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J Hosp Infect. 2011 Jan;77(1):37-41. doi: 10.1016/j.jhin.2010.09.011. Epub 2010 Dec 3.

Peripheral intravenous catheters: the road to quality improvement and safer patient care.

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1
University of Dundee/NHS Ayrshire & Arran, UK. s.e.boyd@hotmail.com

Abstract

Huge success has been noted internationally in reducing catheter-related bloodstream infection with 'care bundles' for central venous catheters in intensive care units. A multidisciplinary team from the Infectious Diseases Unit at Ninewells Hospital, Dundee designed a 'bundle' for peripheral venous catheters (PVCs) based on drafts developed by Health Protection Scotland (details available online). A senior medical student collected weekly data, carried out monthly 'plan, do, study, act' (PDSA) cycles and displayed the results on the ward in real time. Data consisted of measures to assess objectively clinical performance for insertion (recording date, indication and location) and maintenance (daily review of necessity, clinical appearance of site, duration less than 72 h and timely removal). Care bundle compliance was assessed for each patient and percentage compliance plotted weekly. The initial compliance of 54% improved by 1.11% per week to 82% (95% confidence interval: 0.6-1.6%; P=0.0001). This was attributed to multiple interventions including daily assessment of PVC necessity, weekly audit and feedback, monthly patient safety meetings to discuss issues with compliance, the introduction of new PVC dressings and the promotion of new PVC care plans. In conclusion, we demonstrated a significant improvement in PVC management on a single unit by using a care bundle approach. In order to improve compliance, further implementation of the PVC care bundle throughout the hospital has been necessary.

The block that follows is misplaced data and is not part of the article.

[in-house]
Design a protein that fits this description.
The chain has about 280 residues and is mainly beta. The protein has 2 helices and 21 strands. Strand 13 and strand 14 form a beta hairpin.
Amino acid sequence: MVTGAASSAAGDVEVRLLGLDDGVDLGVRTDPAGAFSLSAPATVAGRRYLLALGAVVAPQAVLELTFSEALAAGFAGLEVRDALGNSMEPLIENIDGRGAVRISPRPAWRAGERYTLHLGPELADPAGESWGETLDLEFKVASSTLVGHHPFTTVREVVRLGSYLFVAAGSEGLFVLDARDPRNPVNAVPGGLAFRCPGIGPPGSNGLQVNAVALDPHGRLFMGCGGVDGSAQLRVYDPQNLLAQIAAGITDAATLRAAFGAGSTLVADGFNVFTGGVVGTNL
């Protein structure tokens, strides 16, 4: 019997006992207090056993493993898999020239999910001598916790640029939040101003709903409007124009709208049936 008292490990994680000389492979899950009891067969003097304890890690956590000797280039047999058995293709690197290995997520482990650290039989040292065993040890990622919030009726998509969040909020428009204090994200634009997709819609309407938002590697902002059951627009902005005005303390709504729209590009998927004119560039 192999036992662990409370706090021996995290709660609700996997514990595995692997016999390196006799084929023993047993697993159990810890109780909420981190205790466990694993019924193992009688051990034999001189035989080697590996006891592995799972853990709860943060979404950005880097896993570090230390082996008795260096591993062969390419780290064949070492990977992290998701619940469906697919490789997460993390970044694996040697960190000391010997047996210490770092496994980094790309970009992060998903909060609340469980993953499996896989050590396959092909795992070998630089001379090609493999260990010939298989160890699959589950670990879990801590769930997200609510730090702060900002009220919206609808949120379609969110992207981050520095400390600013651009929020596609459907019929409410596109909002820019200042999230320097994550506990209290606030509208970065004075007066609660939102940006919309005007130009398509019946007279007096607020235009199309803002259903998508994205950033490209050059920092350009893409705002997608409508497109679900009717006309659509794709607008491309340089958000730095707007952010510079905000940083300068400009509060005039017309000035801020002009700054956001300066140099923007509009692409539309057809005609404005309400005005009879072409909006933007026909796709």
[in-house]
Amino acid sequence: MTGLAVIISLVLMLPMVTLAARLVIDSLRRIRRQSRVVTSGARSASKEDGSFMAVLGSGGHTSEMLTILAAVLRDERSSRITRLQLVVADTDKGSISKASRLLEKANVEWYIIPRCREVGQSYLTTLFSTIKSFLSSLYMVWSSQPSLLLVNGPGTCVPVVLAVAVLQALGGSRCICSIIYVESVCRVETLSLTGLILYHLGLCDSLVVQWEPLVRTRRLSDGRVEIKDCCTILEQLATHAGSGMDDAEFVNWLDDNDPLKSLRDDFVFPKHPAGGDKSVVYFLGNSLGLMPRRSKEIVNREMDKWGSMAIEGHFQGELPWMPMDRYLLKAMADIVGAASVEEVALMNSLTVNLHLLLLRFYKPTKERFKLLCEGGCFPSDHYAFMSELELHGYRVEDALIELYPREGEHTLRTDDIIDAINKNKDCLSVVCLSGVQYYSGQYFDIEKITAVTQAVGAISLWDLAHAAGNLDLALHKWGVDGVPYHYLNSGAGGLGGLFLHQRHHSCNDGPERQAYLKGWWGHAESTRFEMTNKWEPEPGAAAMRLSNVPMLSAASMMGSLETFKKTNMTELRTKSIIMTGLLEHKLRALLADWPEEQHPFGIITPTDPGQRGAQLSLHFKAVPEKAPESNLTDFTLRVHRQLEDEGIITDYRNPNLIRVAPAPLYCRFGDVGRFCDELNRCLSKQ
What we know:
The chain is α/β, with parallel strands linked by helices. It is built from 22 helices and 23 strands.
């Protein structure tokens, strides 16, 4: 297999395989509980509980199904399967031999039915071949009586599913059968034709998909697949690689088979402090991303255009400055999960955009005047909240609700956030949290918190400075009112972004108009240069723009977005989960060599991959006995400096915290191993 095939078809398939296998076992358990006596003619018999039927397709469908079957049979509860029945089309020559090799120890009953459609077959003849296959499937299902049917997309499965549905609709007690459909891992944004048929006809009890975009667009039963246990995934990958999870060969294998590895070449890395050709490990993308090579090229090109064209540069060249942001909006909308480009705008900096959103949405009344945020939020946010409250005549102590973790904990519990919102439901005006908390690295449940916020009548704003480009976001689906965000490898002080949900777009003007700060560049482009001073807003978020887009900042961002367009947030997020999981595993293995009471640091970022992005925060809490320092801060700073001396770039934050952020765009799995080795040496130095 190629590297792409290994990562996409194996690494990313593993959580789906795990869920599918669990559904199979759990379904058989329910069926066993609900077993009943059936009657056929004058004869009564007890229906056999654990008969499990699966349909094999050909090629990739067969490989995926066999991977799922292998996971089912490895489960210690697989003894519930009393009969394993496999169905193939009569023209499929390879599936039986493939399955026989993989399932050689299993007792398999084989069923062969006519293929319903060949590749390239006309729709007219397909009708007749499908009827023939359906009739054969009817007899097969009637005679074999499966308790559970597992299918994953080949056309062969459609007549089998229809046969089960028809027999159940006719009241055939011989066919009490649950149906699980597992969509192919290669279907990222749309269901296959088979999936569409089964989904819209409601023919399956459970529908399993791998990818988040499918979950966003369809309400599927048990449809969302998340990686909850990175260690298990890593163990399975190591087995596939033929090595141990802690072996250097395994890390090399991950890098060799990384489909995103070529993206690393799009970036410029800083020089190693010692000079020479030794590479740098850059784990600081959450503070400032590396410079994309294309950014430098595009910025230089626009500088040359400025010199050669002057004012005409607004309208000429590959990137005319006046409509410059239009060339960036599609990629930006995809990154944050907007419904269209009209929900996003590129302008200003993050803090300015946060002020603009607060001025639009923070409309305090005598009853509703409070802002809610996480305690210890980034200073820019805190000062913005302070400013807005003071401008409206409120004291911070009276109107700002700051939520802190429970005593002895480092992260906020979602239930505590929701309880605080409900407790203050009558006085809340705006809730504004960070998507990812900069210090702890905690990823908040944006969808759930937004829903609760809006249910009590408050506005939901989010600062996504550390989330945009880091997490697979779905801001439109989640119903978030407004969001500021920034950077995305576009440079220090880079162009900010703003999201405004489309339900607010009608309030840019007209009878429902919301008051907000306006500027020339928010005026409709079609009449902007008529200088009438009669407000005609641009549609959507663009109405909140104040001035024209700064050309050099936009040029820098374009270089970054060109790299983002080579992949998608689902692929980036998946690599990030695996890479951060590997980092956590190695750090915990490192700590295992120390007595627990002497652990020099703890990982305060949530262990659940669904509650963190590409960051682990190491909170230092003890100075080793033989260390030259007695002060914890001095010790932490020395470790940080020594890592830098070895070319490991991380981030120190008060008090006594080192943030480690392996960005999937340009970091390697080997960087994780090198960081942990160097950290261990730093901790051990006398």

PMID:
21130520
DOI:
10.1016/j.jhin.2010.09.011
[Indexed for MEDLINE]
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